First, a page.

Later, back at mission control, special agent John Hand (Williams) receives a cryptic call from an obviously distressed Pommer, who warns about the fungus and then orders him to allow no one inside his house and to burn it to the ground immediately. When the call is cut off, Hand and Pvt. Joe Rattigan (Ellis) head to Pommer's house and find the lab completely overrun by the alien fungus -- and what's left of the owner before he dissolves rather gruesomely. But before they bring in the napalm, they manage to salvage Pommer's audio tapes. Once the area is sterilized, the threat is apparently over until those tapes are spooled up, where Pommer posthumously reveals that even the minutest exposure and the simplest of transference could breed monstrous new colonies of the fungus, which is compounded when a woman's voice interrupts his dictation -- a woman whose identity is completely unknown, whose current location is unknown, and whose been exposed to the Blood Rust.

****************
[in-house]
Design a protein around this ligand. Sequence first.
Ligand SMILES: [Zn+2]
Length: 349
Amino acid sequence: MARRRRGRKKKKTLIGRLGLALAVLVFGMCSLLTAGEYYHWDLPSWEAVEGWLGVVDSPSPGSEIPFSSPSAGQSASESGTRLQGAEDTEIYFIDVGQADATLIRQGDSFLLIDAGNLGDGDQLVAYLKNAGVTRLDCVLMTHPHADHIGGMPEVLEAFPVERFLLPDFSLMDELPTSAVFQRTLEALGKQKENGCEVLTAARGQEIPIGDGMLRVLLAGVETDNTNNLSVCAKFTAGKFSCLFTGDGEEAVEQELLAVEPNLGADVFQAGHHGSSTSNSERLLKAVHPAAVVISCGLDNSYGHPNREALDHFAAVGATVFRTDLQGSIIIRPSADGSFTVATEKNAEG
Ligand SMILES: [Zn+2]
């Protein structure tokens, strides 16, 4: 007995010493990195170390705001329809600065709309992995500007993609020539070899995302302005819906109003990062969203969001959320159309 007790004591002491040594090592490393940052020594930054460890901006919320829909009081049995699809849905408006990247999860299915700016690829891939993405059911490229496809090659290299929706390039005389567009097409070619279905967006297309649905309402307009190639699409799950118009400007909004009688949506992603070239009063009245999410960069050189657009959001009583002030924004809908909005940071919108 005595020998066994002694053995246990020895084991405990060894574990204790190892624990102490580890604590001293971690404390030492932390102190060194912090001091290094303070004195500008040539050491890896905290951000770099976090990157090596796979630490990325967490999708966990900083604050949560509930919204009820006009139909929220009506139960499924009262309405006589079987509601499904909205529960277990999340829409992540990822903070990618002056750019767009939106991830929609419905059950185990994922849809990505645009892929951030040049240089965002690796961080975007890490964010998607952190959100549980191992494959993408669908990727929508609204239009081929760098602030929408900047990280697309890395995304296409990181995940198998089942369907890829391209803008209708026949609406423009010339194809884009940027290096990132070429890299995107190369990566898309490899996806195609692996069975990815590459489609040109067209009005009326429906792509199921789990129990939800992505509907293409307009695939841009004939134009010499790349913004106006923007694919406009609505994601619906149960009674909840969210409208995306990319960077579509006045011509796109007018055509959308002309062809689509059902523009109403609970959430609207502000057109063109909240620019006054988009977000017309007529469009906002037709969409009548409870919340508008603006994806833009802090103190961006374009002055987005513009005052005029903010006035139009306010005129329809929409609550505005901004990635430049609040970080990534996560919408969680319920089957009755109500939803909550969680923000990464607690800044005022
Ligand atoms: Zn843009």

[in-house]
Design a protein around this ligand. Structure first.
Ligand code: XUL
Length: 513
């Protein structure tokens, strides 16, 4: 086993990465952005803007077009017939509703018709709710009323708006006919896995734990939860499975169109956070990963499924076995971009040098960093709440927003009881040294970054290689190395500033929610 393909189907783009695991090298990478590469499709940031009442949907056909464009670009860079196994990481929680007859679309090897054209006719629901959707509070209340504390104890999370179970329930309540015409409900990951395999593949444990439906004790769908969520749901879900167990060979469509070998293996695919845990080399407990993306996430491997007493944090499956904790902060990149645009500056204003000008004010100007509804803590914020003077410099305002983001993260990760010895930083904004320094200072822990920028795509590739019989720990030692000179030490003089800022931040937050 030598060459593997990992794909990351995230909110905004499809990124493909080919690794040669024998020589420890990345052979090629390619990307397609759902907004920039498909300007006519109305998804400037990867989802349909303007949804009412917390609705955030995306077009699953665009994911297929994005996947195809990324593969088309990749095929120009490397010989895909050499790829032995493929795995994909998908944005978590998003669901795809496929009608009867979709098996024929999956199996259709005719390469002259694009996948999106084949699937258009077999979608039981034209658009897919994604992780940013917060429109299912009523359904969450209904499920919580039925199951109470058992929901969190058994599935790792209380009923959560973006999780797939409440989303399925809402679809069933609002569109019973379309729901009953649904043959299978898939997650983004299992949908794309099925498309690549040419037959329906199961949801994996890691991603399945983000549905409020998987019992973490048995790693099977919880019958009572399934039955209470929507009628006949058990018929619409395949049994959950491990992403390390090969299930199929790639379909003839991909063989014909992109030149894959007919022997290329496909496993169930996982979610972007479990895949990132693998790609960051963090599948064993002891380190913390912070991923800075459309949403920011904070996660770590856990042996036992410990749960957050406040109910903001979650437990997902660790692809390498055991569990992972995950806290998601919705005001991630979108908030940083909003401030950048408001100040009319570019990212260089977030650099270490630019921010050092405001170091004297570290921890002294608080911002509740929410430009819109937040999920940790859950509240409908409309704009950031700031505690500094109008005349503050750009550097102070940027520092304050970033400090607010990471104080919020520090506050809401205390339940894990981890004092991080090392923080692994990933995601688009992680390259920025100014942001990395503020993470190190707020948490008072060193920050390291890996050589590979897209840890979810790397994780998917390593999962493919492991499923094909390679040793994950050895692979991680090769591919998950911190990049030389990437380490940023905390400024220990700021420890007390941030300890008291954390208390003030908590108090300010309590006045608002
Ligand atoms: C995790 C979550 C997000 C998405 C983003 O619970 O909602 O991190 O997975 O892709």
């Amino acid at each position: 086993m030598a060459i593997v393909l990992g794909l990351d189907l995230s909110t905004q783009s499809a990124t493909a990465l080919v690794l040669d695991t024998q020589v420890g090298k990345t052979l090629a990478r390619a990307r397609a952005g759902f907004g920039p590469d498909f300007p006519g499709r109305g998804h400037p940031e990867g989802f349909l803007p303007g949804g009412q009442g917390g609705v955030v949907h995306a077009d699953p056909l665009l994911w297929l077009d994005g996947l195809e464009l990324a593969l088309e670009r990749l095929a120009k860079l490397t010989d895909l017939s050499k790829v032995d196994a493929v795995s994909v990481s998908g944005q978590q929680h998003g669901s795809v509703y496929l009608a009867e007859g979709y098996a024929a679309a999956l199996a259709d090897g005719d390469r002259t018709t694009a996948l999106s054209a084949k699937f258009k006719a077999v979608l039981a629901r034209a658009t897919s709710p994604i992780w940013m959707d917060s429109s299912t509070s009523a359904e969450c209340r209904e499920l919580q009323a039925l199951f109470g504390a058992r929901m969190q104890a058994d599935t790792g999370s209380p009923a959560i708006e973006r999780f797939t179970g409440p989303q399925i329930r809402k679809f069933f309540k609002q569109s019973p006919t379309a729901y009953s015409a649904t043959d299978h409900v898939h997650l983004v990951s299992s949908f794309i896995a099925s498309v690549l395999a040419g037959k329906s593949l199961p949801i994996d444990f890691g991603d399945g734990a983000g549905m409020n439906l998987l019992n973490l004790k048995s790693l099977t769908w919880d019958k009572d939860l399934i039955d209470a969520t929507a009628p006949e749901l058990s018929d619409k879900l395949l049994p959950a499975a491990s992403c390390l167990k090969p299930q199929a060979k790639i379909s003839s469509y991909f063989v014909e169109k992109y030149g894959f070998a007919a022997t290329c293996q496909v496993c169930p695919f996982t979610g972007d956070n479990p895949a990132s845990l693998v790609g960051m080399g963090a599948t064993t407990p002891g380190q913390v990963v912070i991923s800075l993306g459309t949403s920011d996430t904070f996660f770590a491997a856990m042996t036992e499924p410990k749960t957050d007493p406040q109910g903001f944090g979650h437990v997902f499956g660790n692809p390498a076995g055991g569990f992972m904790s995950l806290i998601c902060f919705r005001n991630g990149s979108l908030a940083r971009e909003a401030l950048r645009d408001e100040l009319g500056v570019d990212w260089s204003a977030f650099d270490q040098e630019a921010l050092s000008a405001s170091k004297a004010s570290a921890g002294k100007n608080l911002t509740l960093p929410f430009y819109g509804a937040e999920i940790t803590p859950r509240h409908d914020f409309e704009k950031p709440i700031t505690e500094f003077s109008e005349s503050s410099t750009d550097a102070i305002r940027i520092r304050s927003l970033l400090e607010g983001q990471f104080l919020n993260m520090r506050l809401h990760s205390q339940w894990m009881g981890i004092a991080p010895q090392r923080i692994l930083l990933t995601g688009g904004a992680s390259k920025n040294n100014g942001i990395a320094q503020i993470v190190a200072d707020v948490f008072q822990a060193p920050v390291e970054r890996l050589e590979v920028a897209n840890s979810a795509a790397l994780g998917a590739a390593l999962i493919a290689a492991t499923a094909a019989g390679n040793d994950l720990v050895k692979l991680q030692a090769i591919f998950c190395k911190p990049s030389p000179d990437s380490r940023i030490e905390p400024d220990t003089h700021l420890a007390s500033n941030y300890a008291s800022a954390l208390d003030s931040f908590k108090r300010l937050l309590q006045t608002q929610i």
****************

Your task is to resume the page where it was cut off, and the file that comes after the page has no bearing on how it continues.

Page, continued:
Thus, the hunt for this Intergalactic Typhoid Mary quickly gets up to speed as the decision is made to keep quiet on the alien fungus to prevent any panic and Pommer's death is passed off as a victim of a house-fire. Alas, the "mystery woman" wanted for questioning in connection with that fire misconstrues the intent, thinking they think she caused it; and so, Laura does her best to cover her trail as she travels from New Mexico to California, looking to get on a flight to Hawaii where her husband is due back in a couple of days, leaving bits of Blood Rust behind and a deadly trail of fungal colonies and liquefied victims for Hand and Rattigan to follow...